I tried to socialize last weekend. Twice.
On Friday night I joined some girlfriends and about a third of the City of Richmond to see the Lumineers. I’ve heard it was a great show, but I really couldn’t tell you. I was preoccupied the entire time by all the hair around me.
You’d think that I would have paid this much attention to hair months back, in the immediate wake of shearing mine off. But it turns out that I’m having even more trouble coping with my baby chick look than I did with the straight up bald look. Or maybe its just that I am genuinely done with looking this way. I am aching to braid my hair again. To see a messy bun sticking out of my shadow. I want to look like myself again. And that feels like it may never happen.
It feels like this is normal now, but like its not normal at all.
And so everywhere I go these days, all I see is hair.
We had gathered for dinner before the show and I already knew I wasn’t ready. My new normal makes me the girl who comes to parties with dinner in my bag, because I’m not allowed to eat or drink like everyone else anymore. So while everyone else had pizza and beer, I sat on the outskirts of the circle with my fig bar and carrots and kombucha and tried to make small talk when it seems I have nothing small to talk about. I used to fit in here. Now, its as if a wall has erected itself that separates me from the rest of the world.
My new normal is on the wrong side of the wall.
* * *
This happened in its own way the last time. I am remembering that. I managed to make only three friends in law school because of that wall. Despite how much I wanted to, first year started just ten months after chemo ended and I couldn’t get around the wall in time to really connect with people.
* * *
I woke up Saturday feeling hungover for the first time in more than fourteen months. The exertion of the night before enough to make me wonder if I had picked up a glass of wine again but just forgot about it.
Nonetheless, I planned to go to the party I had on the calendar that night.
I had good intentions. I walked into the yard and recognized many people. And actually walked up to a group of them and said hello. But within thirty seconds every part of my being was screaming “Abort!” and before long I found myself tucked into a dark corner trying to pretend the wall was real and not just in my mind and that no one could see me and notice how uncomfortable I am in public. I used to be so good at these things.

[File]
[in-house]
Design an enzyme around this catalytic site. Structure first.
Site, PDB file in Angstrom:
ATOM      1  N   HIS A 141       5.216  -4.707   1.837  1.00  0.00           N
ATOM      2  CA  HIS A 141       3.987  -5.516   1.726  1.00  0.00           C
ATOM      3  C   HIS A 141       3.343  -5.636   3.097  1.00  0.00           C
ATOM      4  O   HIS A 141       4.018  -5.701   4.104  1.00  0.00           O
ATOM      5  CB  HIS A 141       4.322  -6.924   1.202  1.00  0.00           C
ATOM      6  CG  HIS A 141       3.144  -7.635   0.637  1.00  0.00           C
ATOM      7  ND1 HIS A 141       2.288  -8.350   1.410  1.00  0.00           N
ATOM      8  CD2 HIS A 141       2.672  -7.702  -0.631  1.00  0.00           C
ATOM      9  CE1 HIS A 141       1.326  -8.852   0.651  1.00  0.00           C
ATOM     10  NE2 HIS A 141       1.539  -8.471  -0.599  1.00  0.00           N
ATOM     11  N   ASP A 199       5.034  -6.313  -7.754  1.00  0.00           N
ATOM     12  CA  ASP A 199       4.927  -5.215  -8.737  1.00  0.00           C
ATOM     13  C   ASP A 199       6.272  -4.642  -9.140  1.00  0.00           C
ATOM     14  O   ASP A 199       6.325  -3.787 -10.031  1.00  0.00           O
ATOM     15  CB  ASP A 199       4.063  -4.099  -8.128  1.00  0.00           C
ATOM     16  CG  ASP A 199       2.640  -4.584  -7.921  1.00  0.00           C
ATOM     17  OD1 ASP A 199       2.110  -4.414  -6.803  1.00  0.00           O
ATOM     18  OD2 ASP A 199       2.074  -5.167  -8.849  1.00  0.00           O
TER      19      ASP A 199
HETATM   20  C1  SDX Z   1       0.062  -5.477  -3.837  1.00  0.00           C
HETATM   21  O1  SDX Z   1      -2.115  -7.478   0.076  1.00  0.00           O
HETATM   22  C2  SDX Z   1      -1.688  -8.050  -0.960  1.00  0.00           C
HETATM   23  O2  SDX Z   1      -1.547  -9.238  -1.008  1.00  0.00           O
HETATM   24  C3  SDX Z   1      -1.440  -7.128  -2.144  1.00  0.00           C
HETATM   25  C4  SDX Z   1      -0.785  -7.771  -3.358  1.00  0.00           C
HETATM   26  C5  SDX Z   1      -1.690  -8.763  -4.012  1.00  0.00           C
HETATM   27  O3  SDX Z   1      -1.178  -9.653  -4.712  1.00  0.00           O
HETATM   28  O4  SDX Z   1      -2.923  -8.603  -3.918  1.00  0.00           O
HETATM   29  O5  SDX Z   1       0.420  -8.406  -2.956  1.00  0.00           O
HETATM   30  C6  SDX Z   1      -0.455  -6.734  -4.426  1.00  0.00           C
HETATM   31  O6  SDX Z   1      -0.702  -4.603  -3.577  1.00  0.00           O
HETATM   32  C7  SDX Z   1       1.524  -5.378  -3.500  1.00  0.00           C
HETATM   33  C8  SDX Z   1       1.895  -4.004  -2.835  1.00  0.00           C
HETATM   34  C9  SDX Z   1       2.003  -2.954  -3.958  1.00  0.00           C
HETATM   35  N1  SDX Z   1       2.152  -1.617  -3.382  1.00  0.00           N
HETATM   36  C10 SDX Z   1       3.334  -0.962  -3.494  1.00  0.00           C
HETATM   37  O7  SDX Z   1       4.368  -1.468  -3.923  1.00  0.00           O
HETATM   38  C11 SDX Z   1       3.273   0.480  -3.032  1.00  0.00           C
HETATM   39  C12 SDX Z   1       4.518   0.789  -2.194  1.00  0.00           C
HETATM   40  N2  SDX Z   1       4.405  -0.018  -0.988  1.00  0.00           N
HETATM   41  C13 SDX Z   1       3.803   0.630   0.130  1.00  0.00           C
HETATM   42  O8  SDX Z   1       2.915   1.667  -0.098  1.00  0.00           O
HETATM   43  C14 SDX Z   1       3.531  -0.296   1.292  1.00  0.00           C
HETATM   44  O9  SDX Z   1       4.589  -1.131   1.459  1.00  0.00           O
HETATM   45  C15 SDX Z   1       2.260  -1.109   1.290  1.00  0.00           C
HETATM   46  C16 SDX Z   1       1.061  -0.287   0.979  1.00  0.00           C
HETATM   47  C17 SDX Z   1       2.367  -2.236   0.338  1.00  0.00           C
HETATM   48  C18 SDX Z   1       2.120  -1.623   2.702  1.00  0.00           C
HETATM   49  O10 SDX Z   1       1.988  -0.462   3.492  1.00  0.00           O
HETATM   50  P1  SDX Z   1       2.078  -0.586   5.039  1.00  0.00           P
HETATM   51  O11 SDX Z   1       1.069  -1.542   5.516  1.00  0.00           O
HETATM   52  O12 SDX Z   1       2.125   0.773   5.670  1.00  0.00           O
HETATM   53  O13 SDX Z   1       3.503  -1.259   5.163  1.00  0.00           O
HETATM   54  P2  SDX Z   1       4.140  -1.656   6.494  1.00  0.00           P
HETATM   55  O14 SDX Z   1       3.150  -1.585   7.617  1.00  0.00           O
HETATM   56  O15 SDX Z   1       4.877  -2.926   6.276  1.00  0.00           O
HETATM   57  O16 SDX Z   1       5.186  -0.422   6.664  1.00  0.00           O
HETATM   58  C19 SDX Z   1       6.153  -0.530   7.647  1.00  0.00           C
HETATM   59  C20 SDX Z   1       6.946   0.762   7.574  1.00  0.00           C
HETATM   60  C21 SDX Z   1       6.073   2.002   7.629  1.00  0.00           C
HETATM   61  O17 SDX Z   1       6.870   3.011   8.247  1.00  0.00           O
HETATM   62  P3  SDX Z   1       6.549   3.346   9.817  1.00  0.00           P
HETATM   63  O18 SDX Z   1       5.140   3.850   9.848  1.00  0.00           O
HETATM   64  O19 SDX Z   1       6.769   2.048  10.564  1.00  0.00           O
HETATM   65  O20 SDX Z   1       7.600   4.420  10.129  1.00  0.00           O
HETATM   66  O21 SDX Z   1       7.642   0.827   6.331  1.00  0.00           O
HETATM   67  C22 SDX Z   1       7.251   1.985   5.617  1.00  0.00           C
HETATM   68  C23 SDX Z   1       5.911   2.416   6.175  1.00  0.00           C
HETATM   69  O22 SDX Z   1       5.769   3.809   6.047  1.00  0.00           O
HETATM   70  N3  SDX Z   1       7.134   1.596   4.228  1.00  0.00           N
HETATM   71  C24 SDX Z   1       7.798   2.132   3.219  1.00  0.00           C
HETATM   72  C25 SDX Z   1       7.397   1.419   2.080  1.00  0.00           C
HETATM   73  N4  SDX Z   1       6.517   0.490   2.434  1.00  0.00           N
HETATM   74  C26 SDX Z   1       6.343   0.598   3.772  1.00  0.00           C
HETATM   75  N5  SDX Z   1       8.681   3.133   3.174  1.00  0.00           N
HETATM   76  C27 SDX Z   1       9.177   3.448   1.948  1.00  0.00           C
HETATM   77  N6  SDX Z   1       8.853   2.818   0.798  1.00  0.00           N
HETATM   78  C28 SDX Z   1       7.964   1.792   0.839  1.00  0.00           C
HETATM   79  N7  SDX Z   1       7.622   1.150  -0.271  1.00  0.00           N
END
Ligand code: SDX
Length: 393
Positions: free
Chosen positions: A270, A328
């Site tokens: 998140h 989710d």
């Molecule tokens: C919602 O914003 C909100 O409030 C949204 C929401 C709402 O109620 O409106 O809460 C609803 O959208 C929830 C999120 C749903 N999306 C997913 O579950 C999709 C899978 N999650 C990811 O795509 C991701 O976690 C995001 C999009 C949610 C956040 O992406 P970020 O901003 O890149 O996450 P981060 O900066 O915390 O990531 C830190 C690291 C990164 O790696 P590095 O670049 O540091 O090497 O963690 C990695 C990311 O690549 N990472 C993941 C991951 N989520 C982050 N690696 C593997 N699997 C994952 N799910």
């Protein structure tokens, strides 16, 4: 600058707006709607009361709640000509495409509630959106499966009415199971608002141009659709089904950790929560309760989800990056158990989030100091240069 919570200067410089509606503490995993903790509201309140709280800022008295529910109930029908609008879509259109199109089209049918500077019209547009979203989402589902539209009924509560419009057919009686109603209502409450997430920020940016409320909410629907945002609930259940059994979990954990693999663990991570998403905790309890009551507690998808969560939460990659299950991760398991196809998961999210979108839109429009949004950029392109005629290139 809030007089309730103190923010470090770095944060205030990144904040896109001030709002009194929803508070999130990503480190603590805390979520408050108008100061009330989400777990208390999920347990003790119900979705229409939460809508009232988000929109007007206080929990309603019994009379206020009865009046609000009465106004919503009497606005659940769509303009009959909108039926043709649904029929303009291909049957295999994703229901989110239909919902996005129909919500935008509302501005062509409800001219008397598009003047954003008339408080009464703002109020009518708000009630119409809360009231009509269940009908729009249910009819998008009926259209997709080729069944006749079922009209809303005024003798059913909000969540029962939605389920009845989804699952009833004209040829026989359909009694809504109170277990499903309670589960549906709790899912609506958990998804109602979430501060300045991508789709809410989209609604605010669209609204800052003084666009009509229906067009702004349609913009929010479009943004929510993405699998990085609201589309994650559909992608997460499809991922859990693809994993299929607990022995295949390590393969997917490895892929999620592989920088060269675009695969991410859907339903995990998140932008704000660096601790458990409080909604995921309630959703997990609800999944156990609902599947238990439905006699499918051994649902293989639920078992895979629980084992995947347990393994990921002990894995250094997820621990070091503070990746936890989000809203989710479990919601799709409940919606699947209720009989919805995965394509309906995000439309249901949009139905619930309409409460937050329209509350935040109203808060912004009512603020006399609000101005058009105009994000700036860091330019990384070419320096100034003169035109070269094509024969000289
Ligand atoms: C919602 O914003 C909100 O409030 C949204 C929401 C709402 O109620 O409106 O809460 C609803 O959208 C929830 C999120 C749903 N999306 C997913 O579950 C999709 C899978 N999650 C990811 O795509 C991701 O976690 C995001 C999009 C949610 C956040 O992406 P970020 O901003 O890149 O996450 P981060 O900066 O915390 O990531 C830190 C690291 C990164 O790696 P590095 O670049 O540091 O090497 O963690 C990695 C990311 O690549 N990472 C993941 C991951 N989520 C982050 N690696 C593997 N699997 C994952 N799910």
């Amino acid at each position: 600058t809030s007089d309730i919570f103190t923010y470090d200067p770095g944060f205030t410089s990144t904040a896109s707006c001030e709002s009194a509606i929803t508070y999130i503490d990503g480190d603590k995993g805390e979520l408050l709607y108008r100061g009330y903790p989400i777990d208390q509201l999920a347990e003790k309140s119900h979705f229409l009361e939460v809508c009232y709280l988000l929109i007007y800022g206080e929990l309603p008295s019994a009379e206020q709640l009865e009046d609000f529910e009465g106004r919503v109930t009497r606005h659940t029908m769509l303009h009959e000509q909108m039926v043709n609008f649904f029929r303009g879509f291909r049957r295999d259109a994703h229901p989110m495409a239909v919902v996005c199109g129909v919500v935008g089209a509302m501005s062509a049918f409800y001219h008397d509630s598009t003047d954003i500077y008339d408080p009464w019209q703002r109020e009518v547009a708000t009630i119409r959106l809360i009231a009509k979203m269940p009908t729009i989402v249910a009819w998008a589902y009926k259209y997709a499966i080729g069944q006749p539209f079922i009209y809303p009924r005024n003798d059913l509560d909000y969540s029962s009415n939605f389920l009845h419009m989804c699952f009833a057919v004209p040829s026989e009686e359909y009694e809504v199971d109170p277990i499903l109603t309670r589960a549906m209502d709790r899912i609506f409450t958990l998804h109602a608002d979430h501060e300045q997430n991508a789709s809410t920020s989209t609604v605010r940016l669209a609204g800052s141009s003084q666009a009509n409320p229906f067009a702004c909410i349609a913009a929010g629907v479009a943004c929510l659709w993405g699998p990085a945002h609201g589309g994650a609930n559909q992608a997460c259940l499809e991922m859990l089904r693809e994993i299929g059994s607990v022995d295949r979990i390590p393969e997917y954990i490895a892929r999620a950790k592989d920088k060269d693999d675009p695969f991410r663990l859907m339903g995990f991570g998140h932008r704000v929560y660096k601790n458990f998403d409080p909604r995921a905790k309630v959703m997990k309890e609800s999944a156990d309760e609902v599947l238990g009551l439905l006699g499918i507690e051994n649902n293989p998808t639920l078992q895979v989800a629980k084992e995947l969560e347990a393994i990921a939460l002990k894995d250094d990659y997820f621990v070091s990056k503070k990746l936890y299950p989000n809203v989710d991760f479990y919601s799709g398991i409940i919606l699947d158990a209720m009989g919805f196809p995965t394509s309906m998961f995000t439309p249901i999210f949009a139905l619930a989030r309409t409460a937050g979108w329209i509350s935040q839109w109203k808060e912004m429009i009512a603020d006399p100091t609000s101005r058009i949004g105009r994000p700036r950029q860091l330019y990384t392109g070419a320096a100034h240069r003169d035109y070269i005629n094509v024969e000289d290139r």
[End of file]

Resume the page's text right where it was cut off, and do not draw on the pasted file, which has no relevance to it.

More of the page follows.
Not anymore. Not in this new normal.
* * *
As I slowly limped down the stairs Sunday morning, my body aching thanks to menopause and chemo and my heart aching thanks to the reality of the night before, I saw the torn up leather before I saw the mounds of sick on the floor. Hope looked up from her nest of the couch and her face said it all: “Things are not normal right now, mom.”
I slumped down on the bottom step and she plodded over to lay her head on my lap.
I know Hope. Things are not normal.
* * *
Growing up, we often made the drive from our home in Connecticut to my Nana’s house in Rhode Island. My mom would load all three of us in the car, and more often than not her best friend would follow behind us with my best friend tucked in with her.
It wasn’t a particularly long trip, but as a kid it felt like forever. There was always a point when things got equal parts frustrating and exciting. It was the moment when we were close enough to the shore that the air clearly changed. It felt a little bit heavier and you could smell the salt from the ocean, but there were no beaches or waves in sight. It was as if there was a wall there – keeping us from our destination.
The miles dragged on, slower and slower, until finally the shoreline appeared.
The wall was gone.
This wall will disappear eventually too. And normal will actually normalize and there will be conversation and connection and even pigtails.
One day the wall will come down.
At least for now, I can smell the sea.